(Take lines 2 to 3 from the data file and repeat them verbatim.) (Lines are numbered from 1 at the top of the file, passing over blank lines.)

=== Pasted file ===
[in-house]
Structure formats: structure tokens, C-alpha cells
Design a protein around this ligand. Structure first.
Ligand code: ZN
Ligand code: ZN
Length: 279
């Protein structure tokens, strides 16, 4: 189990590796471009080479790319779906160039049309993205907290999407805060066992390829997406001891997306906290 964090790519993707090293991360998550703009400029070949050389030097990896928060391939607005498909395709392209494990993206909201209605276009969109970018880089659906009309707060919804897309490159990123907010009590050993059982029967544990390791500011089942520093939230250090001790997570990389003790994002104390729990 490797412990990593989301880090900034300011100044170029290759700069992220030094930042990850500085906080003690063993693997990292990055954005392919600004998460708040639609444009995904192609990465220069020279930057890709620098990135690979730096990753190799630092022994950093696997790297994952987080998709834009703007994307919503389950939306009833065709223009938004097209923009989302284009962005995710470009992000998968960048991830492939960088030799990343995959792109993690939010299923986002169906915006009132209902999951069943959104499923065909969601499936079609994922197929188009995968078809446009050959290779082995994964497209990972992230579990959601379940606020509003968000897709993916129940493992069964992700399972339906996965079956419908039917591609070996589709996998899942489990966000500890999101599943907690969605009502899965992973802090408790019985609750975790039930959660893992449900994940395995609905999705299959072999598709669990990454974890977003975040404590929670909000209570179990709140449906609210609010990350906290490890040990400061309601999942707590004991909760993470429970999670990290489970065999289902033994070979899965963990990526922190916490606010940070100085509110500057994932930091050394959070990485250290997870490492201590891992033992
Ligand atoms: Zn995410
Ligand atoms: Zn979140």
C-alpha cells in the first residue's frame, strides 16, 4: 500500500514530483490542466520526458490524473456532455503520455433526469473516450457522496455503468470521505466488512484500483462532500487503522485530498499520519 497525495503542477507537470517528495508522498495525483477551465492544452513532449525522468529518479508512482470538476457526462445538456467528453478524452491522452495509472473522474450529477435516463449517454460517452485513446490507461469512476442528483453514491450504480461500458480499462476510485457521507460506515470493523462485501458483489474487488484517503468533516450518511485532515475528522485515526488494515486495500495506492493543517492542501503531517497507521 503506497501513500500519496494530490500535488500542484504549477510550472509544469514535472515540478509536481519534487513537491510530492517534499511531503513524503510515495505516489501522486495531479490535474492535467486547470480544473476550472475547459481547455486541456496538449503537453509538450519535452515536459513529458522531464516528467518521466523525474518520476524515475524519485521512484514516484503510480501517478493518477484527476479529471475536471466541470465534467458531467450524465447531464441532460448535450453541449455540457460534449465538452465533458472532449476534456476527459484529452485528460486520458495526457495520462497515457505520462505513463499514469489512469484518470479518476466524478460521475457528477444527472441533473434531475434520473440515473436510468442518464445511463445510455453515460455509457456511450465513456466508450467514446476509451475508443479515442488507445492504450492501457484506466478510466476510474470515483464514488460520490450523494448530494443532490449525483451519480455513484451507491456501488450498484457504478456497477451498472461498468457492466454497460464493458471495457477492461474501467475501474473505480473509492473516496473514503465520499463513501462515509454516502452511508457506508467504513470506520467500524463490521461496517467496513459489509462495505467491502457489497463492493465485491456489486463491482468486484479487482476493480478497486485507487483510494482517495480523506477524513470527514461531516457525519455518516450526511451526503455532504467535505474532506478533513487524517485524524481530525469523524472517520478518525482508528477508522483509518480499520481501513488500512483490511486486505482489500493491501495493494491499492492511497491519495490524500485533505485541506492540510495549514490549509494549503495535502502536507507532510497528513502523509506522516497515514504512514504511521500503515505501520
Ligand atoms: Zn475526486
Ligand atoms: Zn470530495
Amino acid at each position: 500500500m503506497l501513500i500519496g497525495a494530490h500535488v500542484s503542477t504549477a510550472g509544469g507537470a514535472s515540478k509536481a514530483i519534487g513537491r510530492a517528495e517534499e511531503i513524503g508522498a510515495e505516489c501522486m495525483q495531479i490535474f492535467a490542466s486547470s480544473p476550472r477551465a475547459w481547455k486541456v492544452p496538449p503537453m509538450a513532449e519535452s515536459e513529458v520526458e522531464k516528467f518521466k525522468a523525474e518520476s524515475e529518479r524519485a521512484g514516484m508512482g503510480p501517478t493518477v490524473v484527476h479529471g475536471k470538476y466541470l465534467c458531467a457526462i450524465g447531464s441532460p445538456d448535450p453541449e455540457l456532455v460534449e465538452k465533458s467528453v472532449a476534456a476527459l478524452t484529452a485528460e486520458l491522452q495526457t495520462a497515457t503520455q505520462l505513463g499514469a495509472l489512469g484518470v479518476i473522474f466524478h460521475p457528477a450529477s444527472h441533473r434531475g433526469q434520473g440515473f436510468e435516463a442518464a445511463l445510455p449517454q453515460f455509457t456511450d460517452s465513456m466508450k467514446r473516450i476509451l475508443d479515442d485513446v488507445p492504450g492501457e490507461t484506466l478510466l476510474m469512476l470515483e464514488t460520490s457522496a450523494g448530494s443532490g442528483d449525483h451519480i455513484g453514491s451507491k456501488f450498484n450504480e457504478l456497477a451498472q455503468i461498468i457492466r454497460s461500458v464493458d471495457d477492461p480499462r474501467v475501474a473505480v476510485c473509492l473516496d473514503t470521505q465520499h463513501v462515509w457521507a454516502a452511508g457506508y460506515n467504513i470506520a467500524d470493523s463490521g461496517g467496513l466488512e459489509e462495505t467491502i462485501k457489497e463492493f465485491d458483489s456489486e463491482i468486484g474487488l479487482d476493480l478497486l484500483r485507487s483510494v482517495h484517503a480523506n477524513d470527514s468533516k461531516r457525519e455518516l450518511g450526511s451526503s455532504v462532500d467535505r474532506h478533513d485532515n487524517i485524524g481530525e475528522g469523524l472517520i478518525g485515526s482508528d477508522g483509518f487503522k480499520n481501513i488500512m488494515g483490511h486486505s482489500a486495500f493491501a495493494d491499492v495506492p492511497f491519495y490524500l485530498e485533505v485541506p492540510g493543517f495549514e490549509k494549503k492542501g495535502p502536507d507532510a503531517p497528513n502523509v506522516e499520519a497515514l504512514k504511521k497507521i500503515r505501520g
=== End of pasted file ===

Structure formats: structure tokens, C-alpha cells
Design a protein around this ligand. Structure first.